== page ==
Verizon's new pricing plan is a godsend for Sprint

With Verizon moving to a tiered model, Sprint is the only unlimited game in town.

Roger Cheng Former Executive Editor / Head of News
Roger Cheng (he/him/his) was the executive editor in charge of CNET News, managing everything from daily breaking news to in-depth investigative packages. Prior to this, he was on the telecommunications beat and wrote for Dow Jones Newswires and The Wall Street Journal for nearly a decade and got his start writing and laying out pages at a local paper in Southern California. He's a devoted Trojan alum and thinks sleep is the perfect -- if unattainable -- hobby for a parent.
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Roger Cheng
3 min read
Verizon Wireless' move to a tiered data plan will cement Sprint Nextel's role as the go-to carrier for heavy data users.

On Thursday, new Verizon customers will have to sign up for a usage-based data plan to go along with their handset. With AT&T having already moved to a tiered model and T-Mobile USA slowing down excessive data hogs, that leaves Sprint as the only national carrier offering unlimited data with no strings attached.

It's a rare advantage for Sprint, which routinely gets outgunned by AT&T and Verizon both in marketing clout and in handset selection. Sprint, which has hinged its turnaround on more affordable, simple, flat-rate pricing plans, is expected to press its advantage. It could also become a major selling point if it also ends up carrying Apple's iPhone.

"(Sprint) is becoming a haven for heavy users," said Roger Entner, an analyst at Recon Analytics.

Verizon's switch, unlike AT&T, seemingly targets high-end users. When AT&T moved to tiered pricing, it offered a lower-end $15 plan with limited data access. Verizon offers no such option, instead introducing more expensive plans for heavy data users.

While AT&T and Verizon have moved to tiered pricing plans, T-Mobile continues to tout its unlimited plans. But if customers exceed a certain amount, the carrier will slow down the connection, a practice called throttling.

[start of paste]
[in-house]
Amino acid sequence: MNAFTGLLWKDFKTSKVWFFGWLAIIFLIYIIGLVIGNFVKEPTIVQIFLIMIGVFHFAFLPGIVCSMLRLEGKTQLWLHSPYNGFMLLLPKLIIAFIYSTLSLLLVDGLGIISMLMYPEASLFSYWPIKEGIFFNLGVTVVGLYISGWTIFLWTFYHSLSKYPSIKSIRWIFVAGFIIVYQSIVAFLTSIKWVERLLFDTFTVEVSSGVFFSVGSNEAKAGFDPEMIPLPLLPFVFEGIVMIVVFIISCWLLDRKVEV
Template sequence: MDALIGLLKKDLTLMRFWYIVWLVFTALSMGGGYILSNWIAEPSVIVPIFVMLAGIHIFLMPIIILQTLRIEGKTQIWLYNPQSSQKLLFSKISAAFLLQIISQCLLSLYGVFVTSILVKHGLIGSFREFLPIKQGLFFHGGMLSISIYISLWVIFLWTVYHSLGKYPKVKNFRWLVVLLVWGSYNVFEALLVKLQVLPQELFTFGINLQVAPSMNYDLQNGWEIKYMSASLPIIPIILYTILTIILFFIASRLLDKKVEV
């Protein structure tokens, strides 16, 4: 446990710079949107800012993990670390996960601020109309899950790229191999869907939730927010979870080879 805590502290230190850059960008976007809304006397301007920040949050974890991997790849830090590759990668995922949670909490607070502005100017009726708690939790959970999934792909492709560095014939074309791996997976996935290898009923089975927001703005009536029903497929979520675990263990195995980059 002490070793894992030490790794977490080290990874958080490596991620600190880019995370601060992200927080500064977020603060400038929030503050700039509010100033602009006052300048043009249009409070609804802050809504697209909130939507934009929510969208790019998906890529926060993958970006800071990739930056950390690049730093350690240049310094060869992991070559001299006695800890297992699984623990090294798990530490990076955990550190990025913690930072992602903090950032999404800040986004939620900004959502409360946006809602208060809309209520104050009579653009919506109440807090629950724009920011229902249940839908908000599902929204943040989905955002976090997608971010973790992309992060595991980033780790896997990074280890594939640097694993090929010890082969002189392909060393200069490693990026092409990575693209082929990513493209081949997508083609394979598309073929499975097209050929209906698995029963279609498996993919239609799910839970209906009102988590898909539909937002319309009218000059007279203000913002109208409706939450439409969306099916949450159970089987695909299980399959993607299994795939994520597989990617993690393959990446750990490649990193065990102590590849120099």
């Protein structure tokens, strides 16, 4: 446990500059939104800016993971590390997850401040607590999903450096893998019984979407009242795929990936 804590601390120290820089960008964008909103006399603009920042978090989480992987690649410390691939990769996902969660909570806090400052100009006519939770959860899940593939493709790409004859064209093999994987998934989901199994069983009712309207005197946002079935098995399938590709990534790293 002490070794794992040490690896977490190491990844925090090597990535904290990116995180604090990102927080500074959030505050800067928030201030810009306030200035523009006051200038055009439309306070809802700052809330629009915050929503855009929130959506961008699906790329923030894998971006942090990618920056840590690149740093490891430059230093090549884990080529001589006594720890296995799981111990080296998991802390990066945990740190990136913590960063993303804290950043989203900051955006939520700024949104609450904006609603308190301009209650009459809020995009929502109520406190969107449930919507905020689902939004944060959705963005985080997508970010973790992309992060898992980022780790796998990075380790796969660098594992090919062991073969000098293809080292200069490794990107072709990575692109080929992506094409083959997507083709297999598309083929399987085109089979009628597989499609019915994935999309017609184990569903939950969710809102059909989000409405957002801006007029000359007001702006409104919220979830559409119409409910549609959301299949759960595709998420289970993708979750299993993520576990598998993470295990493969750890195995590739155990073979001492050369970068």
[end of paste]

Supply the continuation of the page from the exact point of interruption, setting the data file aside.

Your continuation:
Sprint, meanwhile, already targets consumers looking for more value in their plans, competing directly against T-Mobile. A recent ad featured Chief Executive Dan Hesse talking about his company's unlimited data plans, dismissing terms such as throttling. A company spokesman wasn't immediately available to comment on its future marketing plans. Hesse and other executives have talked about the advantages of sticking to unlimited plans even as the rest of the industry moves away from them.

With carriers increasingly talking about data usage, consumers are more concerned about going over the limit. Verizon spokeswoman Brenda Raney said 95 percent of its customers currently use less than 2 gigabytes of data, which is the cap set at its cheapest data plan. With 2 gigabytes of data, a customer can stream a little more than 2 hours of music or stream 35 minutes of video each day for a month. Regardless, half of all smartphone users consider themselves excessive users, Entner said.

Again, that could play well into Sprint's strategy of offering no-worry plans.

So, what about the iPhone for Sprint?
Speculation, meanwhile, has increased on Sprint potentially getting the iPhone. Shing Yin, an analyst at Citadel Securities, said in a report that Sprint's willingness to pay the high subsidy cost and Apple's desire to expand its distribution could all play a role. Sprint would be the only carrier offering the iPhone with an unlimited data plan, a major draw for customers who spend a lot of time using their phones.

An Apple spokeswoman declined to comment on the prospect of Sprint getting the iPhone.

Sprint could stand to use another shot in the arm. While the company added 1.1 million net wireless customers in the first quarter, much of its growth continues to be on the lower end, prepaid side. The company has used its 4G network to lure new contract customers in, but that advantage is diminishing with the other carriers touting their own faster wireless networks.

While Sprint is more focused on adding customers now, there's a downside: while the company still has capacity in its network, Entner said Sprint's network could start to strain once it adds another 5 million smartphone customers.

Sprint doesn't disclose its number of smartphone users. At the end of the first quarter, it had 51 million customers, although many are prepaid customers or use basic phones.

"If everything goes well, they will be a victim of their own success by next spring," he said.

The company doesn't seem to have any intention of changing its strategy. Earlier this year, it raised the price of its plans by $10 to ensure its unlimited offering continues.

Rival carrier executives have talked about the need to move away from unlimited pricing, highlighting the dilemma for carriers as they wrestle with exploding data traffic and the need to invest more in their networks. The need to stay ahead of the network constraints is one of the reasons why AT&T wants to buy T-Mobile.

So far, Sprint doesn't appear to be facing that dilemma.